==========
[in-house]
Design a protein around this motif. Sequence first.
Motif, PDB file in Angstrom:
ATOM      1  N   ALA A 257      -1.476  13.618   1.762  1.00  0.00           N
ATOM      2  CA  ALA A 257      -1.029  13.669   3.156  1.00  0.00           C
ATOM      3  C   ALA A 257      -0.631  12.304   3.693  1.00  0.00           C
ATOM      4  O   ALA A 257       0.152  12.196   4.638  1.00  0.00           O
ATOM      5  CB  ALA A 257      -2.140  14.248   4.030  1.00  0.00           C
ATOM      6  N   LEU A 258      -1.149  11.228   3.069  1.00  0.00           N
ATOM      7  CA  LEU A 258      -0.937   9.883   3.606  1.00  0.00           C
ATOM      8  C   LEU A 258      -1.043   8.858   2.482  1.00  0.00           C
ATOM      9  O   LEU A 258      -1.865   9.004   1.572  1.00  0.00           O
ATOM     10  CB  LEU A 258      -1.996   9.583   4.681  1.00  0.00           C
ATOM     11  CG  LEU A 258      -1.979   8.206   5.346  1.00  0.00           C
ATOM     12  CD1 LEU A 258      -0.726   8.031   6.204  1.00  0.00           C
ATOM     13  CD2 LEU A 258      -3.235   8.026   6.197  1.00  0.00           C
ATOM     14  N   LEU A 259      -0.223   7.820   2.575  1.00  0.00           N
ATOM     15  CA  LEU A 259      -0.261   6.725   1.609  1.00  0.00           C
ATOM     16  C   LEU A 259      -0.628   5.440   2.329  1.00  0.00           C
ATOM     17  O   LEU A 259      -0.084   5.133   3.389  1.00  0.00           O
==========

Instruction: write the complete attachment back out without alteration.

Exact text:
[in-house]
Design a protein around this motif. Sequence first.
Motif, PDB file in Angstrom:
ATOM      1  N   ALA A 257      -1.476  13.618   1.762  1.00  0.00           N
ATOM      2  CA  ALA A 257      -1.029  13.669   3.156  1.00  0.00           C
ATOM      3  C   ALA A 257      -0.631  12.304   3.693  1.00  0.00           C
ATOM      4  O   ALA A 257       0.152  12.196   4.638  1.00  0.00           O
ATOM      5  CB  ALA A 257      -2.140  14.248   4.030  1.00  0.00           C
ATOM      6  N   LEU A 258      -1.149  11.228   3.069  1.00  0.00           N
ATOM      7  CA  LEU A 258      -0.937   9.883   3.606  1.00  0.00           C
ATOM      8  C   LEU A 258      -1.043   8.858   2.482  1.00  0.00           C
ATOM      9  O   LEU A 258      -1.865   9.004   1.572  1.00  0.00           O
ATOM     10  CB  LEU A 258      -1.996   9.583   4.681  1.00  0.00           C
ATOM     11  CG  LEU A 258      -1.979   8.206   5.346  1.00  0.00           C
ATOM     12  CD1 LEU A 258      -0.726   8.031   6.204  1.00  0.00           C
ATOM     13  CD2 LEU A 258      -3.235   8.026   6.197  1.00  0.00           C
ATOM     14  N   LEU A 259      -0.223   7.820   2.575  1.00  0.00           N
ATOM     15  CA  LEU A 259      -0.261   6.725   1.609  1.00  0.00           C
ATOM     16  C   LEU A 259      -0.628   5.440   2.329  1.00  0.00           C
ATOM     17  O   LEU A 259      -0.084   5.133   3.389  1.00  0.00           O